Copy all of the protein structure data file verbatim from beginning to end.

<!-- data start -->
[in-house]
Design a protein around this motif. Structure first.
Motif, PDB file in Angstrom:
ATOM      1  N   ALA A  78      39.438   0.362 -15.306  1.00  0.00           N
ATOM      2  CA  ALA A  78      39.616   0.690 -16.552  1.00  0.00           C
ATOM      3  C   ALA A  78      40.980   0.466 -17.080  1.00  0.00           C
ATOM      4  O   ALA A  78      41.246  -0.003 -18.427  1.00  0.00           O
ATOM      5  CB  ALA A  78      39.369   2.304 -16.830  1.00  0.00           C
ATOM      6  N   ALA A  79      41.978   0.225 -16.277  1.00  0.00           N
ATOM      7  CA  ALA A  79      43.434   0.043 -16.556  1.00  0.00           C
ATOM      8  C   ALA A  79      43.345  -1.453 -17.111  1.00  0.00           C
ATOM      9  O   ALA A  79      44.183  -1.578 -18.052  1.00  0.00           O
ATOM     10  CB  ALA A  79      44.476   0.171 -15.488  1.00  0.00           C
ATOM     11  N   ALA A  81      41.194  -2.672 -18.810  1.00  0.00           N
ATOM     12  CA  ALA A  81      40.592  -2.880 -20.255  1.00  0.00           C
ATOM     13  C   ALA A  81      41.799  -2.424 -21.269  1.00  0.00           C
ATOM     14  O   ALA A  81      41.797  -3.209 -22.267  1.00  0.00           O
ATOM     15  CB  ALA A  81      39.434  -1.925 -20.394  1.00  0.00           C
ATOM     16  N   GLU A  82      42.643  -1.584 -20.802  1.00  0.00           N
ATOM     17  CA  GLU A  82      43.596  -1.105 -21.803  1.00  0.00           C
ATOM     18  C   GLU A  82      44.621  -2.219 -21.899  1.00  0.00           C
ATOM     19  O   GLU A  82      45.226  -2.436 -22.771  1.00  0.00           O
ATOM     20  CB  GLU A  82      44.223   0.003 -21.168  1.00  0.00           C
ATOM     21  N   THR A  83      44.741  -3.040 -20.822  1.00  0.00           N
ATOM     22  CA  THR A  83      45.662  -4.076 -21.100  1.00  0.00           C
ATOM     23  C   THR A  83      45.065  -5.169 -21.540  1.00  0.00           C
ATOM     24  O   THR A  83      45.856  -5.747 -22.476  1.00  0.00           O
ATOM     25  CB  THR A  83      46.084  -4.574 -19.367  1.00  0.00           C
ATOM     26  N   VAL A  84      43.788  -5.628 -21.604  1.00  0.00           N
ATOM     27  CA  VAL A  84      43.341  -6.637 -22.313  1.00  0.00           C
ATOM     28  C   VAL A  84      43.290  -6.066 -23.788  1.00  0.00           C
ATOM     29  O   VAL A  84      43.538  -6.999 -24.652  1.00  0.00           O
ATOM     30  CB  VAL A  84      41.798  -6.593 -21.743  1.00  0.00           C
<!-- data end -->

[in-house]
Design a protein around this motif. Structure first.
Motif, PDB file in Angstrom:
ATOM      1  N   ALA A  78      39.438   0.362 -15.306  1.00  0.00           N
ATOM      2  CA  ALA A  78      39.616   0.690 -16.552  1.00  0.00           C
ATOM      3  C   ALA A  78      40.980   0.466 -17.080  1.00  0.00           C
ATOM      4  O   ALA A  78      41.246  -0.003 -18.427  1.00  0.00           O
ATOM      5  CB  ALA A  78      39.369   2.304 -16.830  1.00  0.00           C
ATOM      6  N   ALA A  79      41.978   0.225 -16.277  1.00  0.00           N
ATOM      7  CA  ALA A  79      43.434   0.043 -16.556  1.00  0.00           C
ATOM      8  C   ALA A  79      43.345  -1.453 -17.111  1.00  0.00           C
ATOM      9  O   ALA A  79      44.183  -1.578 -18.052  1.00  0.00           O
ATOM     10  CB  ALA A  79      44.476   0.171 -15.488  1.00  0.00           C
ATOM     11  N   ALA A  81      41.194  -2.672 -18.810  1.00  0.00           N
ATOM     12  CA  ALA A  81      40.592  -2.880 -20.255  1.00  0.00           C
ATOM     13  C   ALA A  81      41.799  -2.424 -21.269  1.00  0.00           C
ATOM     14  O   ALA A  81      41.797  -3.209 -22.267  1.00  0.00           O
ATOM     15  CB  ALA A  81      39.434  -1.925 -20.394  1.00  0.00           C
ATOM     16  N   GLU A  82      42.643  -1.584 -20.802  1.00  0.00           N
ATOM     17  CA  GLU A  82      43.596  -1.105 -21.803  1.00  0.00           C
ATOM     18  C   GLU A  82      44.621  -2.219 -21.899  1.00  0.00           C
ATOM     19  O   GLU A  82      45.226  -2.436 -22.771  1.00  0.00           O
ATOM     20  CB  GLU A  82      44.223   0.003 -21.168  1.00  0.00           C
ATOM     21  N   THR A  83      44.741  -3.040 -20.822  1.00  0.00           N
ATOM     22  CA  THR A  83      45.662  -4.076 -21.100  1.00  0.00           C
ATOM     23  C   THR A  83      45.065  -5.169 -21.540  1.00  0.00           C
ATOM     24  O   THR A  83      45.856  -5.747 -22.476  1.00  0.00           O
ATOM     25  CB  THR A  83      46.084  -4.574 -19.367  1.00  0.00           C
ATOM     26  N   VAL A  84      43.788  -5.628 -21.604  1.00  0.00           N
ATOM     27  CA  VAL A  84      43.341  -6.637 -22.313  1.00  0.00           C
ATOM     28  C   VAL A  84      43.290  -6.066 -23.788  1.00  0.00           C
ATOM     29  O   VAL A  84      43.538  -6.999 -24.652  1.00  0.00           O
ATOM     30  CB  VAL A  84      41.798  -6.593 -21.743  1.00  0.00           C